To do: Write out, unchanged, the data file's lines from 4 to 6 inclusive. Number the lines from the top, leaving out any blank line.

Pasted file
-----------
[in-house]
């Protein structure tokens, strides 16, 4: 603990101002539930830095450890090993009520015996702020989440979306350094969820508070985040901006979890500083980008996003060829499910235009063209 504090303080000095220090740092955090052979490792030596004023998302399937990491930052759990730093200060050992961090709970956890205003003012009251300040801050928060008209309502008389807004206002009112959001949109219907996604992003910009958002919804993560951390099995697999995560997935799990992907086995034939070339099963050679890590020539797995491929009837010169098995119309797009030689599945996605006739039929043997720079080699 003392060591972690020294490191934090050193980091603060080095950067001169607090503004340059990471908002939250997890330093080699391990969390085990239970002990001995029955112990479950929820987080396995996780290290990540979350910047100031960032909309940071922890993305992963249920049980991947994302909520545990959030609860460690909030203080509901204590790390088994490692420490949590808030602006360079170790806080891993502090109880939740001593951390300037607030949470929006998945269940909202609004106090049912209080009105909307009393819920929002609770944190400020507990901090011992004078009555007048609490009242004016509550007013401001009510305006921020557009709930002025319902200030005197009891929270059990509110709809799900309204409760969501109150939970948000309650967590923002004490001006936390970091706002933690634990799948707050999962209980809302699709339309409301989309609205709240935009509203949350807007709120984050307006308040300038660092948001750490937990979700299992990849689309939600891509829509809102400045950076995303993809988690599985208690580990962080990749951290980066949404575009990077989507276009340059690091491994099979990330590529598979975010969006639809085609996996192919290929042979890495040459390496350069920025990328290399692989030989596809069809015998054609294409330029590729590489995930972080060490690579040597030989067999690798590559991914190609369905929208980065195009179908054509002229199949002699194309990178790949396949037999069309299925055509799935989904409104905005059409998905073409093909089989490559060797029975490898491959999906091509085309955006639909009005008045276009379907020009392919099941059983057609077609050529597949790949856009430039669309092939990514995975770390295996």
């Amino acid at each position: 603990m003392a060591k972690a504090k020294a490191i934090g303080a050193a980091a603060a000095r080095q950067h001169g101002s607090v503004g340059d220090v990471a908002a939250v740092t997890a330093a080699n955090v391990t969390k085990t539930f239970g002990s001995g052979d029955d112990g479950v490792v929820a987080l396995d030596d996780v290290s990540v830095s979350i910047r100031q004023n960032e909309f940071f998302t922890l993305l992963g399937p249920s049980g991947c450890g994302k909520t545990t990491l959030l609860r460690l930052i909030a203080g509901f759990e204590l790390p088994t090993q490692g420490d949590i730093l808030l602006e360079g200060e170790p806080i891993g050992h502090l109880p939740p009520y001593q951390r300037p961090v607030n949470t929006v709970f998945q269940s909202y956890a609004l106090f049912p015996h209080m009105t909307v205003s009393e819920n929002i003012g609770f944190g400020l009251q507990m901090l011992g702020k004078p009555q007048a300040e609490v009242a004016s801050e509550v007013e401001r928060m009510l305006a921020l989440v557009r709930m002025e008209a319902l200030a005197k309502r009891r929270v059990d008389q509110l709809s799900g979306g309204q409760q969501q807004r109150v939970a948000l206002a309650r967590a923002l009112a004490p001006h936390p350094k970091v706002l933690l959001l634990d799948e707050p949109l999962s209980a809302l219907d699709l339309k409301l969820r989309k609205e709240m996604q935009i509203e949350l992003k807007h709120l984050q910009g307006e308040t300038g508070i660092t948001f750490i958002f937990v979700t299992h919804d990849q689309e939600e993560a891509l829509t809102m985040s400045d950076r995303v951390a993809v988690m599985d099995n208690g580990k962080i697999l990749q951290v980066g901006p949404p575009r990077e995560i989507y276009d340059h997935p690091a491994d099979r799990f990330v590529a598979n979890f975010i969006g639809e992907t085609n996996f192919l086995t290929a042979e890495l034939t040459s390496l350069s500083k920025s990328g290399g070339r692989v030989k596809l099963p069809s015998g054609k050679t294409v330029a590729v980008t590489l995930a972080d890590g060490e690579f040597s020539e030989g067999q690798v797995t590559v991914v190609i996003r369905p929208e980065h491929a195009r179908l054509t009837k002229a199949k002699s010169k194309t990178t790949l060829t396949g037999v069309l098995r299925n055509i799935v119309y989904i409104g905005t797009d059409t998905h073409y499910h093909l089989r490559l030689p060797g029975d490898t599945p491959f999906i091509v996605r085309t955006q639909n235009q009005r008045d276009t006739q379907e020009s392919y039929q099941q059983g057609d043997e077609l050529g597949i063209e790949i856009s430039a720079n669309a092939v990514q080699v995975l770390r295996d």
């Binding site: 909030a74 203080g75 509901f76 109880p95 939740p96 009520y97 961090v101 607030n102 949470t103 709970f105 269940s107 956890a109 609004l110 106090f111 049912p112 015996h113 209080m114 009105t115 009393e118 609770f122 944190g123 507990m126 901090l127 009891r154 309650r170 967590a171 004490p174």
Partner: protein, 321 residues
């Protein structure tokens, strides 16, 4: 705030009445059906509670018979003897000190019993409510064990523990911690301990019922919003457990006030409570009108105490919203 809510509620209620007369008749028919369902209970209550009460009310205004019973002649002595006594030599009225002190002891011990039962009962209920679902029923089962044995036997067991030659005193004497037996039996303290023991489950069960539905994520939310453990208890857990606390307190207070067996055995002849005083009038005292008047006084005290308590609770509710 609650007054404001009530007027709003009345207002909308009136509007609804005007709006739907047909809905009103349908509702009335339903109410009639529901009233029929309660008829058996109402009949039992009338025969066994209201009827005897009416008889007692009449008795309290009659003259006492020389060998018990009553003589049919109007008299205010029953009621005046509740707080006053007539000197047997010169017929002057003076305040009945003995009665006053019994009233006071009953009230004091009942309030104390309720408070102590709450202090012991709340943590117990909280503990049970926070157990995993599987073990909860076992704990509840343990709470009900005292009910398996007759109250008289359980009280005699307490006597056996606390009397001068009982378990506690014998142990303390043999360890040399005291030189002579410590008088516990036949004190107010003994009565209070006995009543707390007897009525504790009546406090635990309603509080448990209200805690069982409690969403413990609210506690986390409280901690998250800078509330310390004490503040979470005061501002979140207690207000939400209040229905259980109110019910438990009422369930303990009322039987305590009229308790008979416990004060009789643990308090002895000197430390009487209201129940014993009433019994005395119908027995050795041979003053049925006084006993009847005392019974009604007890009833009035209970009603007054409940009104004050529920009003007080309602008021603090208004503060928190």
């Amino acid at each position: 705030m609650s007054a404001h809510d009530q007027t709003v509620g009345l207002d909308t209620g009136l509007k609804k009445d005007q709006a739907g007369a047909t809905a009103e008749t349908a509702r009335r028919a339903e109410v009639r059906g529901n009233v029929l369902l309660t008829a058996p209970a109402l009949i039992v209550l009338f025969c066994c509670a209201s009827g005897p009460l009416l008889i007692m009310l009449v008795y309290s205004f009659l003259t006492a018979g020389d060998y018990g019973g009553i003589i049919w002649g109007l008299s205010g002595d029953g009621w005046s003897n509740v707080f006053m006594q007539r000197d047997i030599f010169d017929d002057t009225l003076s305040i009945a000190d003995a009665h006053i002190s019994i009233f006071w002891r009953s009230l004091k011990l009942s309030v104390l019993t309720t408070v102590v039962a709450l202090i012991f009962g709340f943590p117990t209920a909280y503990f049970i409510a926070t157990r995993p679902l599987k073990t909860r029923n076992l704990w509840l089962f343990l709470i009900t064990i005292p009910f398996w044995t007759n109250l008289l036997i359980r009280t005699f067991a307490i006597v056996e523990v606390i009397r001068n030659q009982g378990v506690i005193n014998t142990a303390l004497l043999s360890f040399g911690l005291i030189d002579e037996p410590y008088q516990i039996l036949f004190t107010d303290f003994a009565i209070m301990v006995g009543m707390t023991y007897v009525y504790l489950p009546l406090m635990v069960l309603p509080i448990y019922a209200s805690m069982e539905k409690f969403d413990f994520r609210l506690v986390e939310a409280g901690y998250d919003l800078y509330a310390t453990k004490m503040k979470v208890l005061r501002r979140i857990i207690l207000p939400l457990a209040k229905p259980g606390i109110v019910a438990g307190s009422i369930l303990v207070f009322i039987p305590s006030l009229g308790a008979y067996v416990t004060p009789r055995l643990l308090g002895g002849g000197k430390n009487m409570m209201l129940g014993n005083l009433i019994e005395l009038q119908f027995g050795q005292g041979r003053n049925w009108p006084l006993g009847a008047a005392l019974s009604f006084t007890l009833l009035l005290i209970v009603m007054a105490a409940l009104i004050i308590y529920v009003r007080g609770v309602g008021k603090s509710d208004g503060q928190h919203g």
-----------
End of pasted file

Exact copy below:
């Binding site: 909030a74 203080g75 509901f76 109880p95 939740p96 009520y97 961090v101 607030n102 949470t103 709970f105 269940s107 956890a109 609004l110 106090f111 049912p112 015996h113 209080m114 009105t115 009393e118 609770f122 944190g123 507990m126 901090l127 009891r154 309650r170 967590a171 004490p174």
Partner: protein, 321 residues
């Protein structure tokens, strides 16, 4: 705030009445059906509670018979003897000190019993409510064990523990911690301990019922919003457990006030409570009108105490919203 809510509620209620007369008749028919369902209970209550009460009310205004019973002649002595006594030599009225002190002891011990039962009962209920679902029923089962044995036997067991030659005193004497037996039996303290023991489950069960539905994520939310453990208890857990606390307190207070067996055995002849005083009038005292008047006084005290308590609770509710 609650007054404001009530007027709003009345207002909308009136509007609804005007709006739907047909809905009103349908509702009335339903109410009639529901009233029929309660008829058996109402009949039992009338025969066994209201009827005897009416008889007692009449008795309290009659003259006492020389060998018990009553003589049919109007008299205010029953009621005046509740707080006053007539000197047997010169017929002057003076305040009945003995009665006053019994009233006071009953009230004091009942309030104390309720408070102590709450202090012991709340943590117990909280503990049970926070157990995993599987073990909860076992704990509840343990709470009900005292009910398996007759109250008289359980009280005699307490006597056996606390009397001068009982378990506690014998142990303390043999360890040399005291030189002579410590008088516990036949004190107010003994009565209070006995009543707390007897009525504790009546406090635990309603509080448990209200805690069982409690969403413990609210506690986390409280901690998250800078509330310390004490503040979470005061501002979140207690207000939400209040229905259980109110019910438990009422369930303990009322039987305590009229308790008979416990004060009789643990308090002895000197430390009487209201129940014993009433019994005395119908027995050795041979003053049925006084006993009847005392019974009604007890009833009035209970009603007054409940009104004050529920009003007080309602008021603090208004503060928190």